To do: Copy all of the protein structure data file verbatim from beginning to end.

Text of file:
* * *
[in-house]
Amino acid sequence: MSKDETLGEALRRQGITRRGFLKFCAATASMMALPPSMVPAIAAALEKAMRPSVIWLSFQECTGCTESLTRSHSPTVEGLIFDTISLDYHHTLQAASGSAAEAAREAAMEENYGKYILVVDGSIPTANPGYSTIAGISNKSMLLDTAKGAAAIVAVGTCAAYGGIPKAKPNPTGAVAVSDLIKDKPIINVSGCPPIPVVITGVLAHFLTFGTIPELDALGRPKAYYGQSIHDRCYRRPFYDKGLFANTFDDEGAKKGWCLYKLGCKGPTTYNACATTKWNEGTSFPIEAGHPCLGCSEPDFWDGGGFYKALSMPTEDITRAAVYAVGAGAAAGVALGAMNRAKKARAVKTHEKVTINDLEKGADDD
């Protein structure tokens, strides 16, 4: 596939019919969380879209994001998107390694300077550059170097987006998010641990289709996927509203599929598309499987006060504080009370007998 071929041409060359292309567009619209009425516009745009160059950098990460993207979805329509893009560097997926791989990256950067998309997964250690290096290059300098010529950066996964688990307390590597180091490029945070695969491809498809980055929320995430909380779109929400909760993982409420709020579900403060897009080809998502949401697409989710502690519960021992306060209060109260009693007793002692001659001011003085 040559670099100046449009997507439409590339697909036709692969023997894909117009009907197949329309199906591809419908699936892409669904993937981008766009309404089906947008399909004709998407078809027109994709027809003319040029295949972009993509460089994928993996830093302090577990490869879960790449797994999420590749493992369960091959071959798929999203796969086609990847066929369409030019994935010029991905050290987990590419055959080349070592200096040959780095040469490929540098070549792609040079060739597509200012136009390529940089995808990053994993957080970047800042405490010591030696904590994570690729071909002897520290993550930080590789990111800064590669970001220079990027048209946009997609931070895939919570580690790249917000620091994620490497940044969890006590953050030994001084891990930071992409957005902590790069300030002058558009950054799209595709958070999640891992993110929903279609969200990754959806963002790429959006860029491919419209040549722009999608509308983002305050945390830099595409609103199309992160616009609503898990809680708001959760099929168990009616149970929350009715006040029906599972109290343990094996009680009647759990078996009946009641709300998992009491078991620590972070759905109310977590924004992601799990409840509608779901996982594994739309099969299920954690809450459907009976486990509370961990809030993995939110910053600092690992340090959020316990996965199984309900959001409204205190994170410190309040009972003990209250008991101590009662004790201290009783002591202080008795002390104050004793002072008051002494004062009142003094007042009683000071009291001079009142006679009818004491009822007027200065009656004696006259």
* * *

[in-house]
Amino acid sequence: MSKDETLGEALRRQGITRRGFLKFCAATASMMALPPSMVPAIAAALEKAMRPSVIWLSFQECTGCTESLTRSHSPTVEGLIFDTISLDYHHTLQAASGSAAEAAREAAMEENYGKYILVVDGSIPTANPGYSTIAGISNKSMLLDTAKGAAAIVAVGTCAAYGGIPKAKPNPTGAVAVSDLIKDKPIINVSGCPPIPVVITGVLAHFLTFGTIPELDALGRPKAYYGQSIHDRCYRRPFYDKGLFANTFDDEGAKKGWCLYKLGCKGPTTYNACATTKWNEGTSFPIEAGHPCLGCSEPDFWDGGGFYKALSMPTEDITRAAVYAVGAGAAAGVALGAMNRAKKARAVKTHEKVTINDLEKGADDD
């Protein structure tokens, strides 16, 4: 596939019919969380879209994001998107390694300077550059170097987006998010641990289709996927509203599929598309499987006060504080009370007998 071929041409060359292309567009619209009425516009745009160059950098990460993207979805329509893009560097997926791989990256950067998309997964250690290096290059300098010529950066996964688990307390590597180091490029945070695969491809498809980055929320995430909380779109929400909760993982409420709020579900403060897009080809998502949401697409989710502690519960021992306060209060109260009693007793002692001659001011003085 040559670099100046449009997507439409590339697909036709692969023997894909117009009907197949329309199906591809419908699936892409669904993937981008766009309404089906947008399909004709998407078809027109994709027809003319040029295949972009993509460089994928993996830093302090577990490869879960790449797994999420590749493992369960091959071959798929999203796969086609990847066929369409030019994935010029991905050290987990590419055959080349070592200096040959780095040469490929540098070549792609040079060739597509200012136009390529940089995808990053994993957080970047800042405490010591030696904590994570690729071909002897520290993550930080590789990111800064590669970001220079990027048209946009997609931070895939919570580690790249917000620091994620490497940044969890006590953050030994001084891990930071992409957005902590790069300030002058558009950054799209595709958070999640891992993110929903279609969200990754959806963002790429959006860029491919419209040549722009999608509308983002305050945390830099595409609103199309992160616009609503898990809680708001959760099929168990009616149970929350009715006040029906599972109290343990094996009680009647759990078996009946009641709300998992009491078991620590972070759905109310977590924004992601799990409840509608779901996982594994739309099969299920954690809450459907009976486990509370961990809030993995939110910053600092690992340090959020316990996965199984309900959001409204205190994170410190309040009972003990209250008991101590009662004790201290009783002591202080008795002390104050004793002072008051002494004062009142003094007042009683000071009291001079009142006679009818004491009822007027200065009656004696006259």